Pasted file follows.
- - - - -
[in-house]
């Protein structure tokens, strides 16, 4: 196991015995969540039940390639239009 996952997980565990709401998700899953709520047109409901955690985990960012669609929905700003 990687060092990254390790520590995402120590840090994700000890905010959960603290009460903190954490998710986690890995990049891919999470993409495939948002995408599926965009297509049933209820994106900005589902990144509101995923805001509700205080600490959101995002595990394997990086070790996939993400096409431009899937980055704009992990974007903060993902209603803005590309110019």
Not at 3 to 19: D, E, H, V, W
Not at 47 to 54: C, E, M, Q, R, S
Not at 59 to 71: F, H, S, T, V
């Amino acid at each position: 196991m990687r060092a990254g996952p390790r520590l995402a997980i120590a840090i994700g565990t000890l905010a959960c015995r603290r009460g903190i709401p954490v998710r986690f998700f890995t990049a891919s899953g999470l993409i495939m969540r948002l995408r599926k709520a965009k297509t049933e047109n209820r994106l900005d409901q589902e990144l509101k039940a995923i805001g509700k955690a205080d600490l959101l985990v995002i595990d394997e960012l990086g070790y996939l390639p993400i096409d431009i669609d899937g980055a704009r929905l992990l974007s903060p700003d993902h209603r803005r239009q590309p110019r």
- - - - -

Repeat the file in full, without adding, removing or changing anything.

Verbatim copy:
[in-house]
């Protein structure tokens, strides 16, 4: 196991015995969540039940390639239009 996952997980565990709401998700899953709520047109409901955690985990960012669609929905700003 990687060092990254390790520590995402120590840090994700000890905010959960603290009460903190954490998710986690890995990049891919999470993409495939948002995408599926965009297509049933209820994106900005589902990144509101995923805001509700205080600490959101995002595990394997990086070790996939993400096409431009899937980055704009992990974007903060993902209603803005590309110019």
Not at 3 to 19: D, E, H, V, W
Not at 47 to 54: C, E, M, Q, R, S
Not at 59 to 71: F, H, S, T, V
């Amino acid at each position: 196991m990687r060092a990254g996952p390790r520590l995402a997980i120590a840090i994700g565990t000890l905010a959960c015995r603290r009460g903190i709401p954490v998710r986690f998700f890995t990049a891919s899953g999470l993409i495939m969540r948002l995408r599926k709520a965009k297509t049933e047109n209820r994106l900005d409901q589902e990144l509101k039940a995923i805001g509700k955690a205080d600490l959101l985990v995002i595990d394997e960012l990086g070790y996939l390639p993400i096409d431009i669609d899937g980055a704009r929905l992990l974007s903060p700003d993902h209603r803005r239009q590309p110019r």